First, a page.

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EMD Serono MS drug delayed

The US Food and Drug Administration extended the review period of an EMD Serono multiple sclerosis drug by three months

The US Food and Drug Administration (FDA) has pushed back the date by which it will make its decision on a marketing application for a new multiple sclerosis (MS) drug filed by EMD Serono, an affiliate of Germany's Merck KGaA. The FDA said it has extended the review period by three months and now expects to make a decision by February 28, 2011.

EMD Serono is aiming to market cladribine tablets in the US as a therapy for relapsing forms of MS. The product is a proprietary oral formulation of the drug.

The company had hoped that the drug would be the first orally administered disease-modifying therapy for relapsing MS, as only parenterally administered disease-modifying therapies were approved for the indication in the US at the time it submitted its application. However, in September, the FDA approved Novartis' oral pill Gilenya (fingolimod) for the indication.

The US marketing application for the EMD Serono drug was granted a priority review, meaning that the FDA initially intended to make a decision within six months, rather than the standard 10 months, and had set November 28 as the target date.

However, the FDA said it needed additional time to review new information that had been added to the drug application and so would not be able to meet the original target.  The US marketing application was filed in June.  It was the company's second attempt: in November 2009, the FDA refused to file the original application in the form in which it was submitted.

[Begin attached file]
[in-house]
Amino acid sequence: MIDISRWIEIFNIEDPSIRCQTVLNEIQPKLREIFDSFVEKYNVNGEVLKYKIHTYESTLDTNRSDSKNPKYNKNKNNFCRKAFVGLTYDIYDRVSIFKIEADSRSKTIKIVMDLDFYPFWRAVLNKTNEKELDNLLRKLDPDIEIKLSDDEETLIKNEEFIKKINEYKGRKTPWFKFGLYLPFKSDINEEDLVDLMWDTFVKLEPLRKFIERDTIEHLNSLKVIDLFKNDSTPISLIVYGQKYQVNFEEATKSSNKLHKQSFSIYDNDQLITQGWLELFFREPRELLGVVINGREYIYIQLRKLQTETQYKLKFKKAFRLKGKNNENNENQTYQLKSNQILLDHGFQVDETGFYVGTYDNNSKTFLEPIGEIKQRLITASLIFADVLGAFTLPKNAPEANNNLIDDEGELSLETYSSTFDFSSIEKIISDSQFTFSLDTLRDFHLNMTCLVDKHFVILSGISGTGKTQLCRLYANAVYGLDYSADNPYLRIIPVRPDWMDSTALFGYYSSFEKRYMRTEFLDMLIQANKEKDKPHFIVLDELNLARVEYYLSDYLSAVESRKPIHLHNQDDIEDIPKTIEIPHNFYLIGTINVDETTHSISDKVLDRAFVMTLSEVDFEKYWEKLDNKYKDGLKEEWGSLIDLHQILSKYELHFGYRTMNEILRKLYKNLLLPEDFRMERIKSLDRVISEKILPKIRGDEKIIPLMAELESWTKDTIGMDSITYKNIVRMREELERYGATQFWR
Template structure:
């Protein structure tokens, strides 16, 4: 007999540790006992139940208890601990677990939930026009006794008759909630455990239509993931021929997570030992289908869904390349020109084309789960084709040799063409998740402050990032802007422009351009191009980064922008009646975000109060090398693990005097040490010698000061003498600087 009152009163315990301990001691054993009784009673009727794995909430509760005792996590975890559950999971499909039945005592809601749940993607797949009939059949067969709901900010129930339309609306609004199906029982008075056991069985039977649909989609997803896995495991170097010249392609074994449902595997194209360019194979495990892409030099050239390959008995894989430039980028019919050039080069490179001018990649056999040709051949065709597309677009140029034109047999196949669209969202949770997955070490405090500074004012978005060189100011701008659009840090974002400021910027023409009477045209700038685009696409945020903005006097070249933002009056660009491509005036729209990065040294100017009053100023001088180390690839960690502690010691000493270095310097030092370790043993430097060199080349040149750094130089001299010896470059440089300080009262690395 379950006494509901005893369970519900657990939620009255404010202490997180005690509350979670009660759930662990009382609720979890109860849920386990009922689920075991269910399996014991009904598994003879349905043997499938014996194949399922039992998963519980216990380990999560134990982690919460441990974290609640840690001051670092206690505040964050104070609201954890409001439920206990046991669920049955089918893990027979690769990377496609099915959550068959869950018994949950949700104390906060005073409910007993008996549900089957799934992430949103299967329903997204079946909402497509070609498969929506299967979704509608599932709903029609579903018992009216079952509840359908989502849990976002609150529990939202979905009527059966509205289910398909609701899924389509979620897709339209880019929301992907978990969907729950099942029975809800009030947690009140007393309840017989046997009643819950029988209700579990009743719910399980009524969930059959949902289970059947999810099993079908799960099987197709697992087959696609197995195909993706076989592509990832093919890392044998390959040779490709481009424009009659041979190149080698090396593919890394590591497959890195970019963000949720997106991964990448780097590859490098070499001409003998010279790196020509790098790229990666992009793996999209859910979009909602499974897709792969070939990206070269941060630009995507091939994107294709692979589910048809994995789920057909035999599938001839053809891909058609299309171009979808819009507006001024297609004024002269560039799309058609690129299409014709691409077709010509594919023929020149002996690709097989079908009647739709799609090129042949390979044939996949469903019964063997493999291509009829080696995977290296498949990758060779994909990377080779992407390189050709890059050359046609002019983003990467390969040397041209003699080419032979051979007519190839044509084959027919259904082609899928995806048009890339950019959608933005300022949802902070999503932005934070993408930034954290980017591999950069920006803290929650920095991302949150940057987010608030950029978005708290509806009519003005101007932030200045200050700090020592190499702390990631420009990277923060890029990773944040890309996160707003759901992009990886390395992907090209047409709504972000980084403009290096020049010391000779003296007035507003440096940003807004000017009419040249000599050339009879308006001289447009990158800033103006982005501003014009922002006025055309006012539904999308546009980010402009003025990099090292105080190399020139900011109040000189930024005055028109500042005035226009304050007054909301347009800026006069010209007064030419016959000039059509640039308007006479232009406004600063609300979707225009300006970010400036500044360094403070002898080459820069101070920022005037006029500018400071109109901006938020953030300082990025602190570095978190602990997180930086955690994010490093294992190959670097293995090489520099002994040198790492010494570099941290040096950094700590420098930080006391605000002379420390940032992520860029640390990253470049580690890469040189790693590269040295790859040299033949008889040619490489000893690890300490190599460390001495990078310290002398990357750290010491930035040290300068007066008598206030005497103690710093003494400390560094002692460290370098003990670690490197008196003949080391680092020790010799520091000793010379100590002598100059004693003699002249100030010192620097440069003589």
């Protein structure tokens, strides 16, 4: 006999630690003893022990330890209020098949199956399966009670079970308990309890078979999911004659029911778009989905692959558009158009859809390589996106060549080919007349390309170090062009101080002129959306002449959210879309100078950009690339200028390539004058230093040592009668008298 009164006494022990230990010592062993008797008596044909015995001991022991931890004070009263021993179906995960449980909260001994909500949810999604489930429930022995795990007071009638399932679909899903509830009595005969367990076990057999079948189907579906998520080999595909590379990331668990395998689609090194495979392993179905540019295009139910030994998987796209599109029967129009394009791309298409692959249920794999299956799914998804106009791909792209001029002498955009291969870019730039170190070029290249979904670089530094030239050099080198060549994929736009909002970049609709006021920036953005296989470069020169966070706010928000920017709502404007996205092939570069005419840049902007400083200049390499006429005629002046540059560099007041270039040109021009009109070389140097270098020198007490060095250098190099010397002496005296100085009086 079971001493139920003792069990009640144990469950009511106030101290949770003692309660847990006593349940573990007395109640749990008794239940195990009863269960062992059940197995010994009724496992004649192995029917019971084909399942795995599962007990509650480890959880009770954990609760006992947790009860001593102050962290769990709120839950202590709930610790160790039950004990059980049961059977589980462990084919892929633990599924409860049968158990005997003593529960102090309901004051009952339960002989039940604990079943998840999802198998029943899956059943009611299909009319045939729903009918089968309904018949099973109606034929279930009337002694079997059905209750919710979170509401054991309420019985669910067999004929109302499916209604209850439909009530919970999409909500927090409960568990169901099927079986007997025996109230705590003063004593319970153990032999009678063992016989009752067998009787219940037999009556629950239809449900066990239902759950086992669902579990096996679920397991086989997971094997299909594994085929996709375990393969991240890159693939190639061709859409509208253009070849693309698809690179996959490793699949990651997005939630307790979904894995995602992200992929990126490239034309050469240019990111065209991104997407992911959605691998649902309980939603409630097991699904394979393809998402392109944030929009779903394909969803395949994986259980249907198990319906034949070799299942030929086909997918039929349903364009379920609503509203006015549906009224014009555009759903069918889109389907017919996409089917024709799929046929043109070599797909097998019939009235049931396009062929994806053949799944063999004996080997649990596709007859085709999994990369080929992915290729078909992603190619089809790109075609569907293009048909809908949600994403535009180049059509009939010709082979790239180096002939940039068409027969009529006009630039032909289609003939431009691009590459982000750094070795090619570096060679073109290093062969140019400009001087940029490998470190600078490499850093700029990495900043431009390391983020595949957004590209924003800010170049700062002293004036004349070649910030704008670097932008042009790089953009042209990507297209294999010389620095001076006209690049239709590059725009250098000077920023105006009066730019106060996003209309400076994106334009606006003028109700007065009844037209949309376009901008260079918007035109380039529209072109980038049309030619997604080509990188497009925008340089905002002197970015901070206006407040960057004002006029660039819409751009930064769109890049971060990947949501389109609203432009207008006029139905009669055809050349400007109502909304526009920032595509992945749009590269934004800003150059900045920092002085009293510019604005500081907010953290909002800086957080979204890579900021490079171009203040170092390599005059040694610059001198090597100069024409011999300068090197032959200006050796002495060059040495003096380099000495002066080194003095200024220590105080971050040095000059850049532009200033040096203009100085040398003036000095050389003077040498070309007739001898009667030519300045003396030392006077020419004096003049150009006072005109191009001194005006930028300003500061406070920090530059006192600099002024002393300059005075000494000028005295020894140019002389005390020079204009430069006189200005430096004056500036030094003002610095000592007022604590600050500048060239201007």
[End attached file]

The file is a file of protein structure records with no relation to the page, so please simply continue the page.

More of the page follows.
Following the new setback, the company said it remains committed to the drug and will continue to work closely with the FDA.

Cladribine tablets were approved in Russia in July and in Australia in September for relapsing-remitting MS.  However, also in September, the Committee for Medicinal Products for Human Use (CHMP) of the European Medicines Agency (EMA) issued a negative opinion on the marketing application, maintaining that based on currently available data, the benefits of the therapy do not outweigh its risks.

The marketing application for the drug is supported by the results from the CLARITY study, which enrolled 1,300 patients, making it the largest placebo-controlled phase III clinical trial ever completed in relapsing-remitting MS.

29th November 2010

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